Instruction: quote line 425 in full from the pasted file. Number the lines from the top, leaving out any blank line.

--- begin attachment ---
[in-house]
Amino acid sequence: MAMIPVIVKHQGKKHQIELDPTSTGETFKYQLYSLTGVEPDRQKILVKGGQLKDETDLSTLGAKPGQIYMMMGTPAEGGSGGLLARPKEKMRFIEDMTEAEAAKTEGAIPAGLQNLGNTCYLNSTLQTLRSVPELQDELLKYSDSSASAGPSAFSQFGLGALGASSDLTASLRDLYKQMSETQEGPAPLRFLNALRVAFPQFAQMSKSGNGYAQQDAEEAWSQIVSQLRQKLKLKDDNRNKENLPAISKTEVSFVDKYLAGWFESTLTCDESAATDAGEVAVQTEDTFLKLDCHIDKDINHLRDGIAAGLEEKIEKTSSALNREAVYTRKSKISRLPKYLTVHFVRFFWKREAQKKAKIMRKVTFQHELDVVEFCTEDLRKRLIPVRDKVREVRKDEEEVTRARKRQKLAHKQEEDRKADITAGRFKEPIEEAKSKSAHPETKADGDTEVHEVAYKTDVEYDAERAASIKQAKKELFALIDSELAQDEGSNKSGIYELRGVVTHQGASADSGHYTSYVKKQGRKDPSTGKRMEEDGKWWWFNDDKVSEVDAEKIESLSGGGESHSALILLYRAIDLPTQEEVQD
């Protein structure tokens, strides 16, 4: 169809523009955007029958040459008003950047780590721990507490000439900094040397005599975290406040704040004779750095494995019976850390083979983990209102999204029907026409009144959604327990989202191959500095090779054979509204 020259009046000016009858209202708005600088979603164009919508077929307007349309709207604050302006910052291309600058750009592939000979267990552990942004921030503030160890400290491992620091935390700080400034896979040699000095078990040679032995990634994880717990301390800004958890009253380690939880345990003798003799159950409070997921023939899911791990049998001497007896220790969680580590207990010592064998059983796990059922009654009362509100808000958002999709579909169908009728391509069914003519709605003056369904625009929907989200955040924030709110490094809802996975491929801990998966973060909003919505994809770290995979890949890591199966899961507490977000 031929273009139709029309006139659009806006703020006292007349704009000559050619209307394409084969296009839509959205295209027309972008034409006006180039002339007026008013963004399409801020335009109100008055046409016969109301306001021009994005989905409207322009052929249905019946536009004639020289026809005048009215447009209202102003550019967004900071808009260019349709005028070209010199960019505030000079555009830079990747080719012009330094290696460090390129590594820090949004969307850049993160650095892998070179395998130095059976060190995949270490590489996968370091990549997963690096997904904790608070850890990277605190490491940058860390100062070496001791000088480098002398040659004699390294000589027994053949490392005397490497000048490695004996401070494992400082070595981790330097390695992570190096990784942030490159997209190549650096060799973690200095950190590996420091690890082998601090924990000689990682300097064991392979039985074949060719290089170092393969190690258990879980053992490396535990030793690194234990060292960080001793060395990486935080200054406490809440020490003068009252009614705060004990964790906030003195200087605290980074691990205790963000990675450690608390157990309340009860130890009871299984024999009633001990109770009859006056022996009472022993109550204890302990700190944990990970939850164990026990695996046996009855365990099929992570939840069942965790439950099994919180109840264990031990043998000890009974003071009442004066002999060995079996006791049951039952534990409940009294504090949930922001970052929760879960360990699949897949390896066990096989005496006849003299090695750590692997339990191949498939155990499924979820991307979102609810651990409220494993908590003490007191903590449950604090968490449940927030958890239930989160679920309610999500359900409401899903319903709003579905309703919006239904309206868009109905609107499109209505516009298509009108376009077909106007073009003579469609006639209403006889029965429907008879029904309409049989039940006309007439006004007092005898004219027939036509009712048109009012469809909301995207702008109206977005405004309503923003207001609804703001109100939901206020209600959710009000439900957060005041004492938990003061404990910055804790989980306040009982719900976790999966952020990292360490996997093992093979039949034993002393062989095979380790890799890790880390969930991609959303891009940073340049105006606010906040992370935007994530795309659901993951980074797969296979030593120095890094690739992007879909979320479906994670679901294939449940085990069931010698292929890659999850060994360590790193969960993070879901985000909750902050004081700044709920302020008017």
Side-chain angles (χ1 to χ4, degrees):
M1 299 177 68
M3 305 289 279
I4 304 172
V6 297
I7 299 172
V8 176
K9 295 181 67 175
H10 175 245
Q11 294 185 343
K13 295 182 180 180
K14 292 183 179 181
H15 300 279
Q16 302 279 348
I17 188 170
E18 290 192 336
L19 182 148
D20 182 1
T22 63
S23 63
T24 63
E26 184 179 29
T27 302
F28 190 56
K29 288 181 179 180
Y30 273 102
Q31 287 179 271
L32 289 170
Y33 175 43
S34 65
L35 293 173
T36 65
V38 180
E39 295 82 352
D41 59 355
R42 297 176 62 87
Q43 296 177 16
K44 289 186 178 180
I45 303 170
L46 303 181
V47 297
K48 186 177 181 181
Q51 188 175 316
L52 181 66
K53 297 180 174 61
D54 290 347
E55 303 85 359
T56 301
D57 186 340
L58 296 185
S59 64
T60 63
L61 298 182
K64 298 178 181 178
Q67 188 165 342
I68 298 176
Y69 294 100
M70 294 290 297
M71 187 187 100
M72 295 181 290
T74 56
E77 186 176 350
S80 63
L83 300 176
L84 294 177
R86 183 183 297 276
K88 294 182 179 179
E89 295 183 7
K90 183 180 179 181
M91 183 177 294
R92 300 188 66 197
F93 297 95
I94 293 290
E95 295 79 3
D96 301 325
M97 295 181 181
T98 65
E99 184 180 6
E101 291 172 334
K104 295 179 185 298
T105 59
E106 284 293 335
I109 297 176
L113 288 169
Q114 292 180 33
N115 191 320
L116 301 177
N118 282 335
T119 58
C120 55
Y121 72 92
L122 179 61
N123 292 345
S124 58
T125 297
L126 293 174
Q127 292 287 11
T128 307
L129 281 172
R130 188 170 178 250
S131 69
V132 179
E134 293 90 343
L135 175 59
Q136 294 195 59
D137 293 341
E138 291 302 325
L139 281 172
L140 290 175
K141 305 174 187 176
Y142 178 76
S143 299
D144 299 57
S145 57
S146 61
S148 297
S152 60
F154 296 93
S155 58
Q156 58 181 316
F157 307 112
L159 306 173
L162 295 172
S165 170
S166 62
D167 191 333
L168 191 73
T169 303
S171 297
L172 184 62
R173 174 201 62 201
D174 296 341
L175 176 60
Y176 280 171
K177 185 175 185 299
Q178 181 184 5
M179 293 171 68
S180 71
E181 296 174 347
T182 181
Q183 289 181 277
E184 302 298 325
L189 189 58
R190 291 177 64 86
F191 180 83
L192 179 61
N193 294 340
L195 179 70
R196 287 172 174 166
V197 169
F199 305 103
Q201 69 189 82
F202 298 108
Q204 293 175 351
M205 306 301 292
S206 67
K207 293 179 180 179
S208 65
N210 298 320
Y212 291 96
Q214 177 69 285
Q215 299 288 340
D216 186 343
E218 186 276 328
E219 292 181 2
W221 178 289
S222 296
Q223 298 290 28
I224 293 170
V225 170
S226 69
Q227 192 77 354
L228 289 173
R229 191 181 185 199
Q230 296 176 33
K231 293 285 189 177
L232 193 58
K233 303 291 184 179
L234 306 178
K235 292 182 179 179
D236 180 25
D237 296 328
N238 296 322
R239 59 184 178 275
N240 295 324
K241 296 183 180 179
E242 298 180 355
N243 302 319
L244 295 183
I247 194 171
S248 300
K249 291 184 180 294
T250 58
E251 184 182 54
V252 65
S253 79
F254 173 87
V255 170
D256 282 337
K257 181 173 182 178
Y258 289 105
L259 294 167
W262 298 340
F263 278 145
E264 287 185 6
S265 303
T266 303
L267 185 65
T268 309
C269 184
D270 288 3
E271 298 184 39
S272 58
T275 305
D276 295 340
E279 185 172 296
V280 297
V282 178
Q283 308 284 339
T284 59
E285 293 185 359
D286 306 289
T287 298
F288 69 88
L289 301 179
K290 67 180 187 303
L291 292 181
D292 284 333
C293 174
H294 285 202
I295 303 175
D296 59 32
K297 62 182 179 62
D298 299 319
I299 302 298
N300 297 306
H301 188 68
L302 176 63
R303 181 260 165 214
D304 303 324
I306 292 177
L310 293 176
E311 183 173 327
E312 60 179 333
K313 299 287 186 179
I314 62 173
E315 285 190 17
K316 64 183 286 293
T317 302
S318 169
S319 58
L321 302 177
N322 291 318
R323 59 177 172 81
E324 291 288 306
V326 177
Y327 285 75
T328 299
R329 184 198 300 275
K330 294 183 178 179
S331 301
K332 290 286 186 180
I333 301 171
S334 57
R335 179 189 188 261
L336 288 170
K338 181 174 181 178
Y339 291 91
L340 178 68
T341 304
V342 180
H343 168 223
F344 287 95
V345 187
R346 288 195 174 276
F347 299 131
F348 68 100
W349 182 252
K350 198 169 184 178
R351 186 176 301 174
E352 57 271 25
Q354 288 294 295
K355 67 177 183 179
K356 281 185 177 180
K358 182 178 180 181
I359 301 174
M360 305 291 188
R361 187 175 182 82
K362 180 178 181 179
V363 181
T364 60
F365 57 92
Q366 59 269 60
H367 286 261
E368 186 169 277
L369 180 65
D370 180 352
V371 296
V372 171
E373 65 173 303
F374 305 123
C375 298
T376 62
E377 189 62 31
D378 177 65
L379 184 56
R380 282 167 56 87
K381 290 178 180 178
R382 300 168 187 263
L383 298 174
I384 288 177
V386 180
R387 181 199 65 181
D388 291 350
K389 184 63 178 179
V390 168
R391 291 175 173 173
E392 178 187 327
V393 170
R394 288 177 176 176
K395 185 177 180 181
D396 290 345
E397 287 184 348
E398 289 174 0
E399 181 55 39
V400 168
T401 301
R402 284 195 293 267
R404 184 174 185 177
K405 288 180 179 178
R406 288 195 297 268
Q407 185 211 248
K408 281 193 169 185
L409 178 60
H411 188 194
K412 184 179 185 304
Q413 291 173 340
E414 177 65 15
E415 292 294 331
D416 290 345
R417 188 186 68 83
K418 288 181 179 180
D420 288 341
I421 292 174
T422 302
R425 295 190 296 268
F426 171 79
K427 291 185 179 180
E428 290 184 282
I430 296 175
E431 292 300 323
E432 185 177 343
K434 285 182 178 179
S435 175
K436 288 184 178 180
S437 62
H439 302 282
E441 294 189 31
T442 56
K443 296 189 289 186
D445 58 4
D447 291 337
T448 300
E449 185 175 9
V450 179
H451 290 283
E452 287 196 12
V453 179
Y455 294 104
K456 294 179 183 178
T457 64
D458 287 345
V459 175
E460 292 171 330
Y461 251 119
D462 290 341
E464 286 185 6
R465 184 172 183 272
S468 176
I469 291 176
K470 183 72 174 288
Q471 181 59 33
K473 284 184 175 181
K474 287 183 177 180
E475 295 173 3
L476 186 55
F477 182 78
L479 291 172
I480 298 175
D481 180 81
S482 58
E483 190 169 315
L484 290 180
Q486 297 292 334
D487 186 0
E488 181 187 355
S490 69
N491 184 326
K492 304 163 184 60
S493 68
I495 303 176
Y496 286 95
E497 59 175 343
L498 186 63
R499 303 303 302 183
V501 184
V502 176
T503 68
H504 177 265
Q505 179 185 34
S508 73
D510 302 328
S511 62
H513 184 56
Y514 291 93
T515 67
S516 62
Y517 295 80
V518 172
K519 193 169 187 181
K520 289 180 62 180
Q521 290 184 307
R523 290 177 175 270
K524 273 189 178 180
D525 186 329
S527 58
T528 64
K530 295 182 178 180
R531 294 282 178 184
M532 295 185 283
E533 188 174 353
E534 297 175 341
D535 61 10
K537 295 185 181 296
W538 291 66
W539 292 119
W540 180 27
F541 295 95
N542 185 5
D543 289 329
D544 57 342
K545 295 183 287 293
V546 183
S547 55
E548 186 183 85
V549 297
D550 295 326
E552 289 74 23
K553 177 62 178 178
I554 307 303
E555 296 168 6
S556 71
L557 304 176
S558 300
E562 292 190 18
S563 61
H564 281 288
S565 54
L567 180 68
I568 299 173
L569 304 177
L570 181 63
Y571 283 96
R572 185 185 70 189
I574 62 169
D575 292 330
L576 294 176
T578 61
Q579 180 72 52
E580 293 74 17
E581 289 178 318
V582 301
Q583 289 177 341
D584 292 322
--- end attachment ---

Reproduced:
Q521 290 184 307